Prosecutor Shuts Down Sex Crime Case Against Andrew Cuomo
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‘We Cannot Meet Our Burden at Trial’: Prosecutor Shuts Down Misdemeanor Sex Crime Case Against Former N.Y. Gov. Andrew Cuomo

Andrew Cuomo Farewell address

Gov. Andrew Cuomo is seen delivering a farewell address on Aug. 23, 2021.

The district attorney of Albany County, N.Y., on Tuesday announced that his office was dropping a misdemeanor criminal case against former Gov. Andrew Cuomo (D). The case was launched by the county sheriff more than two months ago.

Calling his own office’s investigation “thorough and independent,” District Attorney David Soares (D) wrote that he did not believe his staff would be able to prove that Cuomo was guilty of a crime.

“While many have an opinion regarding the allegations against the former Governor, the Albany County DA’s Office is the only one who has a burden to prove the elements of a crime beyond a reasonable doubt,” Soares said in a press release.  “While we found the complainant in this case cooperative and credible, after review of all the available evidence we have concluded that we cannot meet our burden at trial. As such we have notified the Court that we are declining to prosecute this matter and requesting the charges filed by the Albany County Sheriff be dismissed.”

“I, like most New Yorkers, remain deeply troubled by allegations like the ones at issue here,” Soares continued.  “Such conduct has no place in government or in any workplace. Although avenues for criminal prosecution in these cases are sometimes limited, I encourage victims of workplace harassment and abuse to continue to come forward and bring these issues to light so that these important discussions can continue.”

The DA’s office further noted that the “decision to discontinue criminal prosecution is unrelated to any possible civil liability, which is beyond the scope of a District Attorney’s jurisdiction.”

The office of Albany County Sheriff Craig Apple (D) filed a misdemeanor complaint against Cuomo in late October 2021.  The document accused Cuomo of a single sex crime, forcible touching, under Section 130.52 of the New York State Penal Law.  The incident allegedly occurred on the second floor of the governor’s mansion between 3:51 p.m. and 4:07 p.m. on Dec. 7, 2020.

“A person is guilty of Forcible Touching when such a person intentionally, and for no legitimate purpose forcibly touches the sexual or other intimate parts of another person for the purpose of degrading or abusing such person, or for the purpose of gratifying the actor’s sexual desire,” the now-scuttled charging document states.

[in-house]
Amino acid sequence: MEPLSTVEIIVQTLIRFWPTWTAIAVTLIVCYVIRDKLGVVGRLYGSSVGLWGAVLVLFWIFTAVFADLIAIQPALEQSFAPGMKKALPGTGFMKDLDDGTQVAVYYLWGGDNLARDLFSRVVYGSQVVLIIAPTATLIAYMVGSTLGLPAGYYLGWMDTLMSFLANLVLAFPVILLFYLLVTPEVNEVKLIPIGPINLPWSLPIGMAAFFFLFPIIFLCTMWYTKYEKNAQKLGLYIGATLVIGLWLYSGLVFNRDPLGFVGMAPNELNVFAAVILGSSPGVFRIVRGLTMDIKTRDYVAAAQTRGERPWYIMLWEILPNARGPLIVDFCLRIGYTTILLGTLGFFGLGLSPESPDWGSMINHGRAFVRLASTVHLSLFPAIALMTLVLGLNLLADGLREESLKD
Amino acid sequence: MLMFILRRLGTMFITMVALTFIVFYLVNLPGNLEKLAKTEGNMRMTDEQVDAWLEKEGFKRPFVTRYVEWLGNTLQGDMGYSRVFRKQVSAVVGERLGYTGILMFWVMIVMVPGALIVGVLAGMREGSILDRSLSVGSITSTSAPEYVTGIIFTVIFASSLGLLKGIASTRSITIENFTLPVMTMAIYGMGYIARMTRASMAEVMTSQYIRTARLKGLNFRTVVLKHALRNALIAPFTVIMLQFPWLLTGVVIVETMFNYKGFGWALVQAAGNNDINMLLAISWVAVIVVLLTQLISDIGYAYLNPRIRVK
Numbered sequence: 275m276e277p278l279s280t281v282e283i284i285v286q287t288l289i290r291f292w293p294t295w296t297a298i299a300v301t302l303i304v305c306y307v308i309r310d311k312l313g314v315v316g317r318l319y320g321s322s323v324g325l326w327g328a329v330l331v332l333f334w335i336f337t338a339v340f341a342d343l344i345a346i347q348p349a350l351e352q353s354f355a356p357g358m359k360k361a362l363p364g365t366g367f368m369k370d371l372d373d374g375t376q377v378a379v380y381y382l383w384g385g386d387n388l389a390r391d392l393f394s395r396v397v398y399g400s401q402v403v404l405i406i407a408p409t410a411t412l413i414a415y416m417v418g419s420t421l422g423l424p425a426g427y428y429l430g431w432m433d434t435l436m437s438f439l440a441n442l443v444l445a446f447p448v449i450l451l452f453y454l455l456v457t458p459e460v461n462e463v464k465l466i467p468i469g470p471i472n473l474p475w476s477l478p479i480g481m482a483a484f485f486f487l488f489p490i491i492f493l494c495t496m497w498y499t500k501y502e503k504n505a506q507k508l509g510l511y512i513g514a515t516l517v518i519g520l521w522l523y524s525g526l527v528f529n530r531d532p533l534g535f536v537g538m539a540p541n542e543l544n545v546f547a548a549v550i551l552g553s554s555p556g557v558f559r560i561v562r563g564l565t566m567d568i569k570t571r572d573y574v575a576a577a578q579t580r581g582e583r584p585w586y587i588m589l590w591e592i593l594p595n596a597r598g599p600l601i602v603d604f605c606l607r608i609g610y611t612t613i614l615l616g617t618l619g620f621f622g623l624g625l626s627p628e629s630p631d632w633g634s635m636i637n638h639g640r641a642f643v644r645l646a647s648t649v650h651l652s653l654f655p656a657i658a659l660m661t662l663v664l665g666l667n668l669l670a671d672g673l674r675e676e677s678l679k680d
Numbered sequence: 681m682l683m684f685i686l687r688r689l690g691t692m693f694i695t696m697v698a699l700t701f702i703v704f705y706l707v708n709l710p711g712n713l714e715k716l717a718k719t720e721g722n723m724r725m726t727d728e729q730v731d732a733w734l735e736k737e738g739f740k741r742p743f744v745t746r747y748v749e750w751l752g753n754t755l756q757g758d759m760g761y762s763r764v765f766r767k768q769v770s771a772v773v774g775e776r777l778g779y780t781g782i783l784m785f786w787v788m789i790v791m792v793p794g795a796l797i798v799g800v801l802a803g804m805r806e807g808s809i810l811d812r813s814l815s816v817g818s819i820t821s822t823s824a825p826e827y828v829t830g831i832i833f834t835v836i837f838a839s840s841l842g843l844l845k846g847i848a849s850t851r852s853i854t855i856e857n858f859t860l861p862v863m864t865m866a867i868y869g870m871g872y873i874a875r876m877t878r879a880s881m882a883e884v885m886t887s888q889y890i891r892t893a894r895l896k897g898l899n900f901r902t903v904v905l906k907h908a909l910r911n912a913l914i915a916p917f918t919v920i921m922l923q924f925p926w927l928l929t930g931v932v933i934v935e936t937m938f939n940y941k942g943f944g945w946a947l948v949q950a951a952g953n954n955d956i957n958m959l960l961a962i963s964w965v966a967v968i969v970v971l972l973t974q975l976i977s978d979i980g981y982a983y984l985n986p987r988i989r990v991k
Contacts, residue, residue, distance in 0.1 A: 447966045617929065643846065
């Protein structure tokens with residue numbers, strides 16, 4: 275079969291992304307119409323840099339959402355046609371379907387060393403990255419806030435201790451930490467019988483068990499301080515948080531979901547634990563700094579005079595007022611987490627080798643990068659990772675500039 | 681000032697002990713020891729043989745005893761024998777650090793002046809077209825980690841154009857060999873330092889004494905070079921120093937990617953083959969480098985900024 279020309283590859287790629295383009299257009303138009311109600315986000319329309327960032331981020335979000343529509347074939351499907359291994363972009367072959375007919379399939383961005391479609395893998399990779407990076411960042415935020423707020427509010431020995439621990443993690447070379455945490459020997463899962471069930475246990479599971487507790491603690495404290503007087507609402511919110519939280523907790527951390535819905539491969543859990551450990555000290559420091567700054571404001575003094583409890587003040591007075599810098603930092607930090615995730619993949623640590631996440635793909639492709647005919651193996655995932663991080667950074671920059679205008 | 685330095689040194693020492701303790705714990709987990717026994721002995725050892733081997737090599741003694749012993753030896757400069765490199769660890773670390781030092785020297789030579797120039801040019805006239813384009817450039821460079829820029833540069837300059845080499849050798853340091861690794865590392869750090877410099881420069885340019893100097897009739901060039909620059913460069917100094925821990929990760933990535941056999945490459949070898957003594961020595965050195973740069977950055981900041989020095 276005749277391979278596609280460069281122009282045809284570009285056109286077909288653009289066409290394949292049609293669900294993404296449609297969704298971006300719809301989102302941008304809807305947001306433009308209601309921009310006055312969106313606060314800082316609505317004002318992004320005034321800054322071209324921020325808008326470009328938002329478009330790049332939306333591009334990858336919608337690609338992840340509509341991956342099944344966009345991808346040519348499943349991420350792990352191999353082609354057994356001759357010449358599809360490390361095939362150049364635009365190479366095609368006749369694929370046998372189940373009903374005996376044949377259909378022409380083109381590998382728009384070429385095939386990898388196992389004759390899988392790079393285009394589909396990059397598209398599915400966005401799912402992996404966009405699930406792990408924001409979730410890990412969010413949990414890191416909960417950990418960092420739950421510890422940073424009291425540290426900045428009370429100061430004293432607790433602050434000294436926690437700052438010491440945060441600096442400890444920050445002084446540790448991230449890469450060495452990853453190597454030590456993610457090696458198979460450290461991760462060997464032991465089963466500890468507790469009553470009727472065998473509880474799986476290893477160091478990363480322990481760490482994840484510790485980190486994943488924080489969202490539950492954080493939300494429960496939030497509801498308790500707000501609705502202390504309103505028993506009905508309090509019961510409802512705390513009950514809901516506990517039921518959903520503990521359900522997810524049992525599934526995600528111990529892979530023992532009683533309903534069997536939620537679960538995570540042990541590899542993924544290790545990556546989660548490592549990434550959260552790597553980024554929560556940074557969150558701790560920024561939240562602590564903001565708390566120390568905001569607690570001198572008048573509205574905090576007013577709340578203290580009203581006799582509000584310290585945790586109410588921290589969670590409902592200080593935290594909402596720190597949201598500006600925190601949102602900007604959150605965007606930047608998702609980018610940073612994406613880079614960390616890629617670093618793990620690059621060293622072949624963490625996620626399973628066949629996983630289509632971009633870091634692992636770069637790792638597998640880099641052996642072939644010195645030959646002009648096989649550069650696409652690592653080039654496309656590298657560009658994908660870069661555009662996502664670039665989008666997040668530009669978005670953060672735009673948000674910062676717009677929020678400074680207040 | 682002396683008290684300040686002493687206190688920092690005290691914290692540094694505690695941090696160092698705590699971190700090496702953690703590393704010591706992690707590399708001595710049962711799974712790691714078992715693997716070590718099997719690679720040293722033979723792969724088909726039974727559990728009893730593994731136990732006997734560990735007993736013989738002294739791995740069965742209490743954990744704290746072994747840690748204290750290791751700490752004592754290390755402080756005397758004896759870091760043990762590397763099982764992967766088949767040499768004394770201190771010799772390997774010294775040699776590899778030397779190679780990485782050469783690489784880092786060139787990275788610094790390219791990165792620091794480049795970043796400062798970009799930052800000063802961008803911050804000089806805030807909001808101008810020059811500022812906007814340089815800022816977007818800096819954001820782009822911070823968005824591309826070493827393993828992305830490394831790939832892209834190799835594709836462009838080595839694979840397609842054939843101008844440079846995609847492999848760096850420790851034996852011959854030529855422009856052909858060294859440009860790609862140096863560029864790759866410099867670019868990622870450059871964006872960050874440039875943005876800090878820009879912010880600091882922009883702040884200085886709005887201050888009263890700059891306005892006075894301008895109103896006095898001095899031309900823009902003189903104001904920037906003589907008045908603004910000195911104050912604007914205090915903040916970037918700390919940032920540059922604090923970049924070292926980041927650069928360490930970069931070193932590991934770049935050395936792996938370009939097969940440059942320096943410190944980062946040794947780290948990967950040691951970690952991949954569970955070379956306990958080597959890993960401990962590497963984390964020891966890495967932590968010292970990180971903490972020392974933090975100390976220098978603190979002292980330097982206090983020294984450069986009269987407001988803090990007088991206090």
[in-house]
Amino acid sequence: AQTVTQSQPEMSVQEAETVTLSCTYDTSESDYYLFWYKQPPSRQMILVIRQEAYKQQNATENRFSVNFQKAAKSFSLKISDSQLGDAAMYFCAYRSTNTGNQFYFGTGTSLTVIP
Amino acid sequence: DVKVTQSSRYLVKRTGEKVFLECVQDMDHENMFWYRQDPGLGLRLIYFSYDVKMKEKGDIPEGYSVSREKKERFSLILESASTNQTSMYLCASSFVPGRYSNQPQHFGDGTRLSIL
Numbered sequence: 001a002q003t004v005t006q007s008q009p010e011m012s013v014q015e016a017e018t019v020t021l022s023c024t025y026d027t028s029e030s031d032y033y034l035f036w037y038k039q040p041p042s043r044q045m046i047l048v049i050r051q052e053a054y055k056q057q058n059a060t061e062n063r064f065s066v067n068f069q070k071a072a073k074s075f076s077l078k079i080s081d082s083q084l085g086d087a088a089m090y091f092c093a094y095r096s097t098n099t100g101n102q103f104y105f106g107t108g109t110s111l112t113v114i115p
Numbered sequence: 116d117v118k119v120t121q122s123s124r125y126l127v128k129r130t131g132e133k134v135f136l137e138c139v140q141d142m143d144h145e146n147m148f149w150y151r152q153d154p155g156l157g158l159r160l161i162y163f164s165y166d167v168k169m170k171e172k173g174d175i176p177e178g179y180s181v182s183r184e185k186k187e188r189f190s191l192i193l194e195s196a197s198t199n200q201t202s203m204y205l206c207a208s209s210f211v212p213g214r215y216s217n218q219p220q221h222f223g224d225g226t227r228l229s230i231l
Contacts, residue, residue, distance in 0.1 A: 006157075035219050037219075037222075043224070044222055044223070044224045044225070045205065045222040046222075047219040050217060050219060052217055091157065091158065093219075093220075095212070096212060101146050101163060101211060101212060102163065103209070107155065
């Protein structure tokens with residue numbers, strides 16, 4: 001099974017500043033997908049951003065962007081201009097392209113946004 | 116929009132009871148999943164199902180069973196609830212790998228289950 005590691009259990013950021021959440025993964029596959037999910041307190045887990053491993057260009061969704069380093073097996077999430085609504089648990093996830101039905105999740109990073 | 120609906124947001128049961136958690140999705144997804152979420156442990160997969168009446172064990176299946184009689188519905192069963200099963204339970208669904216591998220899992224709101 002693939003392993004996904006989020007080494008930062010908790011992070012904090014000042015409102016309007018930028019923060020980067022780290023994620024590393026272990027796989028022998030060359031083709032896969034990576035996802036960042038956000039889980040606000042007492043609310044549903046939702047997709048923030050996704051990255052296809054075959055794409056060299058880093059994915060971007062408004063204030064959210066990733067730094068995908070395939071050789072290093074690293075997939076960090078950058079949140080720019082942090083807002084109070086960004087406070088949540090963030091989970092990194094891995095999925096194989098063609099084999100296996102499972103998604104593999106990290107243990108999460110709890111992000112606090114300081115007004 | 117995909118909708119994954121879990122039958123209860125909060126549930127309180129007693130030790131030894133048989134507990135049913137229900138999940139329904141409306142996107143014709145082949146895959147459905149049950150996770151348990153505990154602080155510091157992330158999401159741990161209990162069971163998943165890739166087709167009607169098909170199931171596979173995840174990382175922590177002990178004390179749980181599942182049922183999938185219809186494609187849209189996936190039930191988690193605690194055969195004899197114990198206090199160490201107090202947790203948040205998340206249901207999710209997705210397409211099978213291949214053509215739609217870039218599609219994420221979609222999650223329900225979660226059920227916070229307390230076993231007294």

The procedure used to file the case, which Law&Crime explained back when the document was filed, was unusual under New York law. The sheriff’s decision to file the matter without consulting the DA’s office left Soares blindsided when the charging document quickly became public.

The charging document did not directly name Cuomo’s accuser. However, other documents released in connection with a wide-ranging sexual harassment probe into the governor’s office by New York Attorney General Letitia James (D) indicated that Brittany Commisso claimed Cuomo groped her breast on Dec. 7, 2020.  Commisso has since publicly discussed the accusations in a joint television and newspaper interview with CBS News and the Albany Times-Union.

The T-U reported that Commisso “wanted to pursue the case but was informed during a meeting with prosecutors on Monday afternoon that they were planning to invoke their discretion not to move forward, in part, because of the manner in which the criminal complaint had been filed, according to a person briefed on the matter.”

As Law&Crime previously explained, the filing of the charging document by the sheriff’s office directly (and not by the prosecutor’s office) left the instrument open to an additional attack by Cuomo’s attorneys.

Cuomo was scheduled to appear in court for the first time in connection with the charge on Friday.

Commisso’s attorney, Brian D. Premo, told the T-U that his client would almost certainly file a civil action “in due course.”

The newspaper elsewhere reported that the DA’s office and Cuomo’s attorneys “met privately on Tuesday morning” with Albany City Court Judge Holly Trexler.  Court officials refused to allow reporters from the newspaper to “access” the conference.

Two other district attorneys, one in Westchester County and the other in Nassau County, recently and independently said Cuomo would not be charged for alleged sexual misconduct in their respective jurisdictions. On Monday, Cuomo’s lawyer also said that the Manhattan District Attorney’s Office, now headed by Alvin Bragg (D), will not be pursuing a criminal case against the former governor in connection with an investigation into nursing home COVID-19 deaths in the Empire State.

The original charging document is below:

Editor’s note: this report, which began as a developing story, has been updated significantly since its initial publication.

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Aaron Keller holds a juris doctor degree from the University of New Hampshire School of Law and a broadcast journalism degree from Syracuse University.  He is a former anchor and executive producer for the Law&Crime Network and is now a Senior Editor for the Law&Crime website. DISCLAIMER:  This website is for general informational purposes only.  You should not rely on it for legal advice.  Reading this site or interacting with the author via this site does not create an attorney-client relationship.  This website is not a substitute for the advice of an attorney.  Speak to a competent lawyer in your jurisdiction for legal advice and representation relevant to your situation.